Dennis Dimick has focused his journalism career on the collision between human aspiration and the planet. The son of fisheries biologists, Dimick grew up on a farm in Oregon’s Willamette Valley, and he holds degrees in agriculture and agricultural journalism from Oregon State University and the University of Wisconsin-Madison. In his 35 years at National Geographic, he served for over a decade as the magazine’s environment editor, and guided major projects on climate change, energy, freshwater, population, and food security. Dimick is co-founder of Eyes on Earth, a project meant to inspire a new generation of environmental photographers.
As a young man, Dimick witnessed firsthand the price of progress when his family’s farm was cut in half by the construction of an interstate beltway. This invasion of their farm, in addition to the clear-cut logging of nearby forests where Dimick had spent his youth, combined to sensitize him to the profound impacts of human progress on the Earth. Early photography experience and his personal connection to the effects of human progress led to a life and career spent combining these two dimensions.
In anticipation of hisparticipation in the 2018 Wisconsin Science Festival, I asked Mr. Dimick some questions about photojournalism, and what it’s like documenting the human impact on the environment. Some of his answers have been slightly edited for clarity.
While some may see the Art Showcase that Promega has sponsored for the past 20 years as tangential to the mission of the biotechnology company, these quarterly exhibits of local and global artists contribute to Promega’s commitment to creativity and innovation in the arts, culture and sciences. The exhibits also foster connections between members of the community that probably would not otherwise exist.
It is obvious how the show serves to advance the arts and culture, but its relationship to science is less clear. Based on my experience attending the symposium and viewing the artwork, the science at Promega benefits from this endeavor as well.
Let me begin by describing the work included in this fall’s Art Showcase, “Wis-Con-Sin.” This exhibit features three centuries of Wisconsin photographers that each created life-long photographic projects based in Wisconsin:
Charles Van Schaick (1852-1946) was a studio photographer in Black River Falls, WI who left behind nearly 6,000 glass plate negatives of mostly studio portraits (which have been featured in two books, Wisconsin Death Trip and People of the Big Voice), as well as street scenes, major events in the region, outdoor family and group photos, buildings, picnics, people and livestock.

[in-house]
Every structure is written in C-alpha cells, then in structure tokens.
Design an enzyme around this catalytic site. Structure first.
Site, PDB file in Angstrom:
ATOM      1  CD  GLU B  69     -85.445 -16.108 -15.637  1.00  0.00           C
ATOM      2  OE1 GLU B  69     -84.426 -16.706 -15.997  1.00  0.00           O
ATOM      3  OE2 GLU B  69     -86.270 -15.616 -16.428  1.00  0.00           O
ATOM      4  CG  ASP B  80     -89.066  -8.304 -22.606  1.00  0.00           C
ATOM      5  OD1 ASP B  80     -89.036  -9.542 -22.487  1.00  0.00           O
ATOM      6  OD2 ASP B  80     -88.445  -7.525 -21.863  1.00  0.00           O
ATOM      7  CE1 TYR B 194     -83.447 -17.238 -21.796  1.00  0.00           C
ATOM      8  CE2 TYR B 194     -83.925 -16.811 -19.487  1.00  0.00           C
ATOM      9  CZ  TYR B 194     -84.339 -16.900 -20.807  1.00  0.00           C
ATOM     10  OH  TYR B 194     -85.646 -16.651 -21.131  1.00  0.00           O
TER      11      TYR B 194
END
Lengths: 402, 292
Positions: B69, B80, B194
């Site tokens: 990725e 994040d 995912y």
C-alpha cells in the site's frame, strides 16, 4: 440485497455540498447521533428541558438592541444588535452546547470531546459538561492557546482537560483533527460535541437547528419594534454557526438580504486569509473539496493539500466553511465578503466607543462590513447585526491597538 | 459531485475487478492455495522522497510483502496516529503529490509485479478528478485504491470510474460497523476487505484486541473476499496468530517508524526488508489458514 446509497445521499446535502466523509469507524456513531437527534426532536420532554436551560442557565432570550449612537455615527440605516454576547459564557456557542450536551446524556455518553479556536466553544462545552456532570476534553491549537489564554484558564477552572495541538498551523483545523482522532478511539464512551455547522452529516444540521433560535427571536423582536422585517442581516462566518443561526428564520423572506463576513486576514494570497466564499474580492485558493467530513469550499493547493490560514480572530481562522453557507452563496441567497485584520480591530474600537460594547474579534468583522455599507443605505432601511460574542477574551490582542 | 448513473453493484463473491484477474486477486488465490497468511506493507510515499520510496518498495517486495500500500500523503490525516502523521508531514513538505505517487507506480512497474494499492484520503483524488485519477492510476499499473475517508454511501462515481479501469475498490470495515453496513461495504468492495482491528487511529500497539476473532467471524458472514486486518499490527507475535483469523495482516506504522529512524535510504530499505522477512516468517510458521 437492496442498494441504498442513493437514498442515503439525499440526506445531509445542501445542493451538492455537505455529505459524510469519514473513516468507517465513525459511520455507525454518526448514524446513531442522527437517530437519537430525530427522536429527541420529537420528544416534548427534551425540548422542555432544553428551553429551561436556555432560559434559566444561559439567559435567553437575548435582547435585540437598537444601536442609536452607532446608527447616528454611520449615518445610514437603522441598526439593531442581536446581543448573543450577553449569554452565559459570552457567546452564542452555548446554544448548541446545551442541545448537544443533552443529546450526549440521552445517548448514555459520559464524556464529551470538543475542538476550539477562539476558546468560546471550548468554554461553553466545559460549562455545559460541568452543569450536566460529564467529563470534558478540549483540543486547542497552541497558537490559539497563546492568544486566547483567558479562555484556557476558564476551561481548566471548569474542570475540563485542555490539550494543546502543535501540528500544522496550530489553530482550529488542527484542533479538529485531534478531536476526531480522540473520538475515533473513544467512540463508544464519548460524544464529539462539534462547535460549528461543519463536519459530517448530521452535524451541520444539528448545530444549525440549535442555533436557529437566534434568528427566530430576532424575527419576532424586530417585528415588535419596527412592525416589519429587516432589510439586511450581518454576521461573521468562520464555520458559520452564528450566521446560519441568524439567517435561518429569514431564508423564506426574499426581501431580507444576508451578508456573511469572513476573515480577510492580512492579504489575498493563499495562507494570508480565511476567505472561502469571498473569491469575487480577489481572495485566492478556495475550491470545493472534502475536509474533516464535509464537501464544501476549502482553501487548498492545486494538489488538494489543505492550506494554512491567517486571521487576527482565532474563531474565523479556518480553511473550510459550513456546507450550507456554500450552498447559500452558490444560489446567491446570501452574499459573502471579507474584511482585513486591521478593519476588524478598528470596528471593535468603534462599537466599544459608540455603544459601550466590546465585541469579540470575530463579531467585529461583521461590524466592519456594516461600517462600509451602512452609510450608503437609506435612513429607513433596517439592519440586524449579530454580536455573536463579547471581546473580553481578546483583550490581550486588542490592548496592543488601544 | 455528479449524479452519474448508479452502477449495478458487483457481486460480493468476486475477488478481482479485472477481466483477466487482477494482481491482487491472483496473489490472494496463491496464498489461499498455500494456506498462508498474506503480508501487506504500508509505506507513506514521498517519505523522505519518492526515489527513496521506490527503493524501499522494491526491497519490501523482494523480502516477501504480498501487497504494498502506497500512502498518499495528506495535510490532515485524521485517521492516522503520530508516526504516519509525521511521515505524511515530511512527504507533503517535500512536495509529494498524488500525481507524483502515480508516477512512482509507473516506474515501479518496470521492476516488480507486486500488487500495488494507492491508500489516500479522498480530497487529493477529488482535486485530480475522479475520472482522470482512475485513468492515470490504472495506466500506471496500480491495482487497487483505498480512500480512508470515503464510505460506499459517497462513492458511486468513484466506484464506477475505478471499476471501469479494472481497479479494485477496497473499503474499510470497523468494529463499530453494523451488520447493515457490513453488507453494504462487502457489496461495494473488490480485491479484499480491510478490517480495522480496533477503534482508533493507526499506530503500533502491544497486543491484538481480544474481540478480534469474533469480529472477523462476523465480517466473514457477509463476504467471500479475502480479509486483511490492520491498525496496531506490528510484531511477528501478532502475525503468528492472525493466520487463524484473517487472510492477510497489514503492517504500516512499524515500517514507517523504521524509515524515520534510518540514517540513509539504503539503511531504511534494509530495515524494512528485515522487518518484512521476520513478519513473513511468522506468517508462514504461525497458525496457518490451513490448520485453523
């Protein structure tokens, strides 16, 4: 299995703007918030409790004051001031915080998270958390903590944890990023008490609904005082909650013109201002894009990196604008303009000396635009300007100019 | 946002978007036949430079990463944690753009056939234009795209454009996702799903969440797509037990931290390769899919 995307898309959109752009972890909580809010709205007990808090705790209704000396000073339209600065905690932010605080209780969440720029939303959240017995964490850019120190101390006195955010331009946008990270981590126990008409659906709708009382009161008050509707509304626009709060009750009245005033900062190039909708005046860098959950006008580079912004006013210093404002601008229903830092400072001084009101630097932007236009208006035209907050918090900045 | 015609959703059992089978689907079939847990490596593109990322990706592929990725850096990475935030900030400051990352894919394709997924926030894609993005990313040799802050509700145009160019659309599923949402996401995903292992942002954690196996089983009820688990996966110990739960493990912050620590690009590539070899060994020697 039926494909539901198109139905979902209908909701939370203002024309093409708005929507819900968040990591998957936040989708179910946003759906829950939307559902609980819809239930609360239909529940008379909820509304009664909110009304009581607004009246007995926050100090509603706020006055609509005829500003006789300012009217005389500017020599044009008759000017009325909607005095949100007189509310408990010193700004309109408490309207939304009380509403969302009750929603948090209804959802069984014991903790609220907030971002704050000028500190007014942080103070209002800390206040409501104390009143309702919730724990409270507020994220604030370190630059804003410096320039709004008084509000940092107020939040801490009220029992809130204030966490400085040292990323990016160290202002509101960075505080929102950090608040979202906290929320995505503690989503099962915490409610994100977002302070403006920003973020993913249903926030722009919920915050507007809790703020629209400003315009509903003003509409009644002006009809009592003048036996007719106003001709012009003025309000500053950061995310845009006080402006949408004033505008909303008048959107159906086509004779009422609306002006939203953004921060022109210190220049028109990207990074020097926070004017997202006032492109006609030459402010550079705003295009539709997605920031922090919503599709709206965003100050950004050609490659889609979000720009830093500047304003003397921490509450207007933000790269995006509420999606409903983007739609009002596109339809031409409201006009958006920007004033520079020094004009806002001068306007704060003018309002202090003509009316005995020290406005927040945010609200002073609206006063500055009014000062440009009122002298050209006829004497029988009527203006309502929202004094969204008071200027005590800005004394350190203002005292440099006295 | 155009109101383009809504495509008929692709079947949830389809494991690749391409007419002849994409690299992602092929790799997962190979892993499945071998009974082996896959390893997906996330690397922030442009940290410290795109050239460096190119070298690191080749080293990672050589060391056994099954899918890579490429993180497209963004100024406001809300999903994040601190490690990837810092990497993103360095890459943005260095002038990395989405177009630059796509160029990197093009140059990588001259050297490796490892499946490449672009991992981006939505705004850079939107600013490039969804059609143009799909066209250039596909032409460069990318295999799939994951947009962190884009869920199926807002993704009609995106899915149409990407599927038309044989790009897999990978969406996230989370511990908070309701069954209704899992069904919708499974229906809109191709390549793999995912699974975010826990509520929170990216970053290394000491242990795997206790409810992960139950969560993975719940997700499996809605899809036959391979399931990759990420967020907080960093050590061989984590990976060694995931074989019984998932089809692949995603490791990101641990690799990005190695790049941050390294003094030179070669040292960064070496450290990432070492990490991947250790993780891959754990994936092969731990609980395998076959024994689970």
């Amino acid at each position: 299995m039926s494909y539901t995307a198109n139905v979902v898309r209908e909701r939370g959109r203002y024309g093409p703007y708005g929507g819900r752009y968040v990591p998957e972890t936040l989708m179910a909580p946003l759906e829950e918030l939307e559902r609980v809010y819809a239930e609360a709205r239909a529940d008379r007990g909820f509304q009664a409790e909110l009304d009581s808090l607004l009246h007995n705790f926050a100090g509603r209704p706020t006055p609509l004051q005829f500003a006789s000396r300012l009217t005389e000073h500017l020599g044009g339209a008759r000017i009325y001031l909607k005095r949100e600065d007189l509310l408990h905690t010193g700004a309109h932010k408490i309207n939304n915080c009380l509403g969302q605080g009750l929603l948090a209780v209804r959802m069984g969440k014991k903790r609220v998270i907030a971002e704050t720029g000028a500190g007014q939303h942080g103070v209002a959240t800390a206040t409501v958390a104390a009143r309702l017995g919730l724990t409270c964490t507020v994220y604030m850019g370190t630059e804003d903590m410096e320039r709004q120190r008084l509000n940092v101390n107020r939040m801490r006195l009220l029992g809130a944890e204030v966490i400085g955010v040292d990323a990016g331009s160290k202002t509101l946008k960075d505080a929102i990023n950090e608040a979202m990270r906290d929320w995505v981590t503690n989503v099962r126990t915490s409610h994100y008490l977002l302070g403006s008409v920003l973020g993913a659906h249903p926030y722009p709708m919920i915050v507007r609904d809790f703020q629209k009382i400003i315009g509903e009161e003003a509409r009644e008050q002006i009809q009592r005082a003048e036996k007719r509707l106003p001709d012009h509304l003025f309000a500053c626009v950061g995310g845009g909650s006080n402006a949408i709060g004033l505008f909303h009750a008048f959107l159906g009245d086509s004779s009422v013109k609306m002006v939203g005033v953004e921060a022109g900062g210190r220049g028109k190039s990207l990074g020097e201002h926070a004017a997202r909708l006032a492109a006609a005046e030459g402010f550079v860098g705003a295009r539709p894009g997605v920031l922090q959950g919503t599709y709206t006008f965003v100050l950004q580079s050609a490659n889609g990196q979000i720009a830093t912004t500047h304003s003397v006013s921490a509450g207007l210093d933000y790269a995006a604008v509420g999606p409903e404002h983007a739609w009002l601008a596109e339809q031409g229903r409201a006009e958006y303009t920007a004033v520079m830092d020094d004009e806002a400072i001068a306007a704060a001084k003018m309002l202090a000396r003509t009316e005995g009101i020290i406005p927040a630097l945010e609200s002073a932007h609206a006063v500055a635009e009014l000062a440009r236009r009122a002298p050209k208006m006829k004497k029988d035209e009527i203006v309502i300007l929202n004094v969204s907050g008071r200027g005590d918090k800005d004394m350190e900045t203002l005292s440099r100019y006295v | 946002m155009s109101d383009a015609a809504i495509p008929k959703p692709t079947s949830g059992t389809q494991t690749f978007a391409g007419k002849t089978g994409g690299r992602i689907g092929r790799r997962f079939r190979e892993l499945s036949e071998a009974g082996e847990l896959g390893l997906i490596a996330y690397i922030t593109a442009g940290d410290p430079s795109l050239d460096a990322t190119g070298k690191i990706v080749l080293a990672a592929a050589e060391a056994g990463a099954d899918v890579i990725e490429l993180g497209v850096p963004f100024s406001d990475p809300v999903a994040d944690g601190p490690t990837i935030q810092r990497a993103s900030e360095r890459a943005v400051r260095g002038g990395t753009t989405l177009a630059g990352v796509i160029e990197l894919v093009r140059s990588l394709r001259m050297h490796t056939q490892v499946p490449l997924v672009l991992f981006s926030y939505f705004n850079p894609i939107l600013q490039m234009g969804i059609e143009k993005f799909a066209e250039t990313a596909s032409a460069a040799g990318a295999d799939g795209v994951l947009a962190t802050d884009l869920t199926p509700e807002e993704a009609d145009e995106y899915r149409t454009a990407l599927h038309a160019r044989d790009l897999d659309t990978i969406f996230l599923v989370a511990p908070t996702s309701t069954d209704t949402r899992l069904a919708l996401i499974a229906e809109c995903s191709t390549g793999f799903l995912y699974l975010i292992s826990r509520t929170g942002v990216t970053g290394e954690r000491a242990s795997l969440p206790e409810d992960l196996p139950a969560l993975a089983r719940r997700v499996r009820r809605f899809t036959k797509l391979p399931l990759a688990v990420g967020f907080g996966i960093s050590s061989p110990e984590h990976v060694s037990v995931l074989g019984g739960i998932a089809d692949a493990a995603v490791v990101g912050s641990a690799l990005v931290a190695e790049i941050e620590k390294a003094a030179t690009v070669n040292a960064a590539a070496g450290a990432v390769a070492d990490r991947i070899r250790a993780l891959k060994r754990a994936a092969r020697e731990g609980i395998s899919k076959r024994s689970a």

Eugene Von Bruenchenhein (1910 – 1983) was a self-taught artist who created several thousand works including apocalyptic oil paintings, ceramic crowns and vessels, and photographs that he and his wife Marie collaborated on, staging her in provocative poses and costumes.
J. Shimon & J. Lindemann collaborated as artists since 1983, focusing on rural Wisconsin towns where they both grew up and using antiquarian cameras and printing techniques to record post-industrial settings, rural landscapes, small towns, and shifting modes of life.
[youtube=http://www.youtube.com/watch?v=3fYTctvTCGg]Art can take many forms—works of art can be soothing, fun, thought-provoking and controversial (some people might even say offensive). If you ask 100 people to define art, I suspect you’ll get 100 different definitions. My definition? Well, I am a logical creature by nature with little interest or talent for expressing myself through colors and shapes, so my definition of art has always been: If I can do it, it’s not art. However, there is one possible exception to that statement: photography. When time permits, I enjoy taking my camera out and photographing ordinary but beautiful things that many people see on a daily basis but don’t often stop to appreciate. My favorite subjects include colorful insects and plants. Continue reading “Speeding Things Up: Time-Lapse Photography”